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Welcome to APC :D

Looks like that may be staghorn algae, which is usually caused by ammonia and/or low C02. So increasing your C02 injection, if not then start C02 injection or add a carbon source such as Seachem Excel. Make sure you have a fertilization routine, keeping N03 at 10ppm & P04 at 1ppm. It should also pull off easily by hand.

Giving more details on your setup such as gallons, wattage, fertilization routine, mantenance & light schedule will also help us with helping you.
 

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Discussion Starter · #3 · (Edited)
Ok. The tank:
20 Gallon High
80 watts full spectrum bulbs (12hrs)
Had horrible Green water, now run UV sterilizer for 12hrs/day
Ladder CO2 diffuser with yeast chamber
Regular pruning made this stuff grow faster!

Been adding Seachem ferts on a roughly regular weekly schedule, Excel, Trace, Nitrogen, Iron

I've looked at pictures of staghorn all over and I don't see anything that looks this extensive. There's a weave of this stuff covering the top layer of all my plants! I'm leaning towards silk algae, but tell me why you think staghorn.

BTW when I'm cleaning this stuff off, it does not come off leaves easily.


Thanks Guys! (and ladies)
 

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My vote is for Black Beard Algae. Use complete fertilizers (especially with 4 WPG). You've got half of them, you just need Flourish, Phosphorus, and Potassium. Also, you can cut an hour or two off teh schedule OR put a 2-4 hour rest in the middle. (I do this and have had wonderful results!) :smile:

-Dave
 

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Looks like black beard to me as well. Directly spraying the plants with excel will usually kill this. Increase the co2 in the tank as well.
Black-outs for 3 or so days is also another option.
 

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It looks like staghorn to me too, which is thicker than beard, kind of rubbery and more branchy. The important thing is that you are underfertilizing by a good bit, as both show up in very similar conditions. A better source of co2 and a solid fertilizing routine will defeat it. Getting rid of that stuff is easy.

How much nitrate are you adding? Phosphate?

You're going to need more micros as well.
 

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Discussion Starter · #7 ·
Thanks for the help yall!

I haven't been adding nitrates directly because there are so many fish. Hard to say how many but at least 25 maybe 30, and 4 amano's and 4 ghosts. BTW even with so many fish my nitrates regulate very close to 0, maybe 1-3ppm but not even close to 10. Phosphates are high in our tap water around here.

As far as a complete fertilizer, is there anything "all in 1" that would be a better option than the stuff i'm using currently? Maybe PMDD does it even retail? Also, with 4wpg should I up the levels of my ferts compared to what's on the bottle? How important is Potassium?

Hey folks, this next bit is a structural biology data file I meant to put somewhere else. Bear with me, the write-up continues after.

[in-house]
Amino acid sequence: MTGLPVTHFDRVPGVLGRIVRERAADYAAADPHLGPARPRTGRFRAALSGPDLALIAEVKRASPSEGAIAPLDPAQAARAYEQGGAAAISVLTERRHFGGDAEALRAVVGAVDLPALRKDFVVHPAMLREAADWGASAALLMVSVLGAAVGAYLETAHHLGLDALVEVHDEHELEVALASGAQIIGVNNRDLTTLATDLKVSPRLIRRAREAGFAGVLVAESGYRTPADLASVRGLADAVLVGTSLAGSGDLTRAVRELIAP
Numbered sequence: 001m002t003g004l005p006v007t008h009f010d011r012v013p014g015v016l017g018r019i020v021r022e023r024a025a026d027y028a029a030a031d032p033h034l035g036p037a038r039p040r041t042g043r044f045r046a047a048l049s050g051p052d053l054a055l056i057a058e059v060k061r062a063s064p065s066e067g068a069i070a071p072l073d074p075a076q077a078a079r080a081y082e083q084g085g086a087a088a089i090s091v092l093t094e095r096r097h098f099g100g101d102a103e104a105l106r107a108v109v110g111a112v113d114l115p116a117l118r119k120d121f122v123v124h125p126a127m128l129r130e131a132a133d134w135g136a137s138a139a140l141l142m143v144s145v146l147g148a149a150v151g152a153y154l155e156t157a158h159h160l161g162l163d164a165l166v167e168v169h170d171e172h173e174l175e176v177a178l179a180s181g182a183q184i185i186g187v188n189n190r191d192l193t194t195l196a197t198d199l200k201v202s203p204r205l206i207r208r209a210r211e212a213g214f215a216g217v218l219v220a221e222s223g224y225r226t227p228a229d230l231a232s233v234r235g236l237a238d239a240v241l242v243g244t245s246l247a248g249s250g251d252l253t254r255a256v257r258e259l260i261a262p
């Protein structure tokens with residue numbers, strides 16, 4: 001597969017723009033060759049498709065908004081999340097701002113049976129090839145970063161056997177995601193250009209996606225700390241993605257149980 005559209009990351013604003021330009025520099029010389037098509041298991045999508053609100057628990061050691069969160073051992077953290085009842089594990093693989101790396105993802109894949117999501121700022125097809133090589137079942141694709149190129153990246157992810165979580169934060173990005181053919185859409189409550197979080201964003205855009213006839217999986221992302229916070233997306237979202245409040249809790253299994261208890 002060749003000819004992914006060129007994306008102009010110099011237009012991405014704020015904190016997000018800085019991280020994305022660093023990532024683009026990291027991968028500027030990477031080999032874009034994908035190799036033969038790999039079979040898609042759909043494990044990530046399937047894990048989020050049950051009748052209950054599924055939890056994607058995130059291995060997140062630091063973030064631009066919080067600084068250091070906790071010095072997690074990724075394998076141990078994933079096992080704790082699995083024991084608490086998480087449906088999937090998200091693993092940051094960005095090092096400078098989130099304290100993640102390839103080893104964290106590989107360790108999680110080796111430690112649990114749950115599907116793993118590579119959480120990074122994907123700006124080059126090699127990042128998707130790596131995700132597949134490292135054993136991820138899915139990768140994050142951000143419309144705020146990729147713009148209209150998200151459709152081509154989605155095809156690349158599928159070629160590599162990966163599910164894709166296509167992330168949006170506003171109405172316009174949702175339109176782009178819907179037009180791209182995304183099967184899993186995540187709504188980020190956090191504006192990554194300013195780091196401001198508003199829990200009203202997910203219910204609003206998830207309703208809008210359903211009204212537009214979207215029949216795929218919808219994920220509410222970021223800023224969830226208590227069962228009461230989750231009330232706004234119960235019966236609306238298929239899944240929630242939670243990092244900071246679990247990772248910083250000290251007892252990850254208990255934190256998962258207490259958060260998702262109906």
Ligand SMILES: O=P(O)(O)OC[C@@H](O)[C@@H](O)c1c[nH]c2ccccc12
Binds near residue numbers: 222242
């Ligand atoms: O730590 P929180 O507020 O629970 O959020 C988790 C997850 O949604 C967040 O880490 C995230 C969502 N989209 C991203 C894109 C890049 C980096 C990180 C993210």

I can see green spot algae on the glass. It's not overwhelming though. Does that tell you anything?
 

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Different algae grow in different conditions. Some green spot is normal, having GSA growing too much on the other hand is not. Too much green spot algae means the light is on for too long. I also recently learned that it's also a cause of low phosphates.
 

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Thanks for the help yall!

I haven't been adding nitrates directly because there are so many fish. Hard to say how many but at least 25 maybe 30, and 4 amano's and 4 ghosts. BTW even with so many fish my nitrates regulate very close to 0, maybe 1-3ppm but not even close to 10. Phosphates are high in our tap water around here.

As far as a complete fertilizer, is there anything "all in 1" that would be a better option than the stuff i'm using currently? Maybe PMDD does it even retail? Also, with 4wpg should I up the levels of my ferts compared to what's on the bottle? How important is Potassium?

I can see green spot algae on the glass. It's not overwhelming though. Does that tell you anything?
If your nitrates are only 1-3ppm then you need to add nitrogen, your fish are not producing enough to keep up with your plants uptake. You say your phosphates are high, how high? Test them and keep your N03/P04 levels at a 10 to 1 ratio. I would suspect that the phosphates are a lot lower in the tank then in your tap.

There is not an all in one fertilizer. You will need: micros, nitrates, pottassium, phosphates (depends on high they are) & maybe extra iron. You can either buy already made brands like Seachem or Pfertz or go with bulk ferts you mix yourself.

GSA is usually caused by low phosphates (P04).

How important is potassium..."Along with nitrogen, plants require large amounts of potassium to grow well. Also a major component of photosynthesis, potassium is crucial in a plant's ability to absorb and convert light energy into growth". (taken from the Pfertz website)
 

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Discussion Starter · #10 ·
Oh no, most of that algae has turned red?!?! I'm guessing this implies that it's black brush algae?

I had added quite a bit of excel 1 day before this happened.

I added a new picture to the album above. It should be the last picture in the album.
 

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Congrats!... That's great news :)
 
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